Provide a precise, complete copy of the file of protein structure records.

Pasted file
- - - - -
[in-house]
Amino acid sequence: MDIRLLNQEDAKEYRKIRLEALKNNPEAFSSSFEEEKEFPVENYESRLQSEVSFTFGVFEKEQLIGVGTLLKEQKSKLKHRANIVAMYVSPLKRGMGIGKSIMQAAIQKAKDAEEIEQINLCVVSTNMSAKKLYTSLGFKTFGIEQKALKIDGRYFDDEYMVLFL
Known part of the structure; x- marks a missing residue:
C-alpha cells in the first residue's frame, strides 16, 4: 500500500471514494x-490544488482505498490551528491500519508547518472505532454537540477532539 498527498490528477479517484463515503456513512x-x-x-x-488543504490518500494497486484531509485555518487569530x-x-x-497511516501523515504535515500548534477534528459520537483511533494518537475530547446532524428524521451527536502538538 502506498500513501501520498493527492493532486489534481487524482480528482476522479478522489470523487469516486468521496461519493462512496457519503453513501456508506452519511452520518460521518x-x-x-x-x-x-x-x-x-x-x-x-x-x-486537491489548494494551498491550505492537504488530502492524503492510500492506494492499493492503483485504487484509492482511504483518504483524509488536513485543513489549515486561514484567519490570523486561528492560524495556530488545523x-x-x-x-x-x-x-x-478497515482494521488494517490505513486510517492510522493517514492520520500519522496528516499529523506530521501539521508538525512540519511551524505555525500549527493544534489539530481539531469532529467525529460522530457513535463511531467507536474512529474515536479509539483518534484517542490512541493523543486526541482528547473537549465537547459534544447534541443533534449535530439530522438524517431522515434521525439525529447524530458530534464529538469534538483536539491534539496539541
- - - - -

[in-house]
Amino acid sequence: MDIRLLNQEDAKEYRKIRLEALKNNPEAFSSSFEEEKEFPVENYESRLQSEVSFTFGVFEKEQLIGVGTLLKEQKSKLKHRANIVAMYVSPLKRGMGIGKSIMQAAIQKAKDAEEIEQINLCVVSTNMSAKKLYTSLGFKTFGIEQKALKIDGRYFDDEYMVLFL
Known part of the structure; x- marks a missing residue:
C-alpha cells in the first residue's frame, strides 16, 4: 500500500471514494x-490544488482505498490551528491500519508547518472505532454537540477532539 498527498490528477479517484463515503456513512x-x-x-x-488543504490518500494497486484531509485555518487569530x-x-x-497511516501523515504535515500548534477534528459520537483511533494518537475530547446532524428524521451527536502538538 502506498500513501501520498493527492493532486489534481487524482480528482476522479478522489470523487469516486468521496461519493462512496457519503453513501456508506452519511452520518460521518x-x-x-x-x-x-x-x-x-x-x-x-x-x-486537491489548494494551498491550505492537504488530502492524503492510500492506494492499493492503483485504487484509492482511504483518504483524509488536513485543513489549515486561514484567519490570523486561528492560524495556530488545523x-x-x-x-x-x-x-x-478497515482494521488494517490505513486510517492510522493517514492520520500519522496528516499529523506530521501539521508538525512540519511551524505555525500549527493544534489539530481539531469532529467525529460522530457513535463511531467507536474512529474515536479509539483518534484517542490512541493523543486526541482528547473537549465537547459534544447534541443533534449535530439530522438524517431522515434521525439525529447524530458530534464529538469534538483536539491534539496539541